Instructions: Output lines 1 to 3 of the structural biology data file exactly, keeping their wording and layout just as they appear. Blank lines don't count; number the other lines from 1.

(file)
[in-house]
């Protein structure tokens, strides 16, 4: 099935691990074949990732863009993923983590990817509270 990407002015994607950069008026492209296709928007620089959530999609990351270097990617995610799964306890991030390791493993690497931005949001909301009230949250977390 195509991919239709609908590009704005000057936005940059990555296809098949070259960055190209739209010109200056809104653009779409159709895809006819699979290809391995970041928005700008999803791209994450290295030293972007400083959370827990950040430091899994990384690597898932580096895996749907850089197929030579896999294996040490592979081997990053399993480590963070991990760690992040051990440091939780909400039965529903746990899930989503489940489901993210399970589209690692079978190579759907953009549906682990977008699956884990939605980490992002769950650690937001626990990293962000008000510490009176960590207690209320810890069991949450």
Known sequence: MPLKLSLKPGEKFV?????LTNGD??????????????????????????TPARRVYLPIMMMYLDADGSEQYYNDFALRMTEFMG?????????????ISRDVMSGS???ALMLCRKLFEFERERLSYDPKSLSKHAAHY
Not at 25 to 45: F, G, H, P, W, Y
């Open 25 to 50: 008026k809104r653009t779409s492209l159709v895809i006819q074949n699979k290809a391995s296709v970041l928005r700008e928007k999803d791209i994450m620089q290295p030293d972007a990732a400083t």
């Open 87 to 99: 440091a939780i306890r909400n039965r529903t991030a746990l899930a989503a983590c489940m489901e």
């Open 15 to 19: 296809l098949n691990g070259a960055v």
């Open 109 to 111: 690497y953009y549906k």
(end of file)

[in-house]
């Protein structure tokens, strides 16, 4: 099935691990074949990732863009993923983590990817509270 990407002015994607950069008026492209296709928007620089959530999609990351270097990617995610799964306890991030390791493993690497931005949001909301009230949250977390 195509991919239709609908590009704005000057936005940059990555296809098949070259960055190209739209010109200056809104653009779409159709895809006819699979290809391995970041928005700008999803791209994450290295030293972007400083959370827990950040430091899994990384690597898932580096895996749907850089197929030579896999294996040490592979081997990053399993480590963070991990760690992040051990440091939780909400039965529903746990899930989503489940489901993210399970589209690692079978190579759907953009549906682990977008699956884990939605980490992002769950650690937001626990990293962000008000510490009176960590207690209320810890069991949450």
Known sequence: MPLKLSLKPGEKFV?????LTNGD??????????????????????????TPARRVYLPIMMMYLDADGSEQYYNDFALRMTEFMG?????????????ISRDVMSGS???ALMLCRKLFEFERERLSYDPKSLSKHAAHY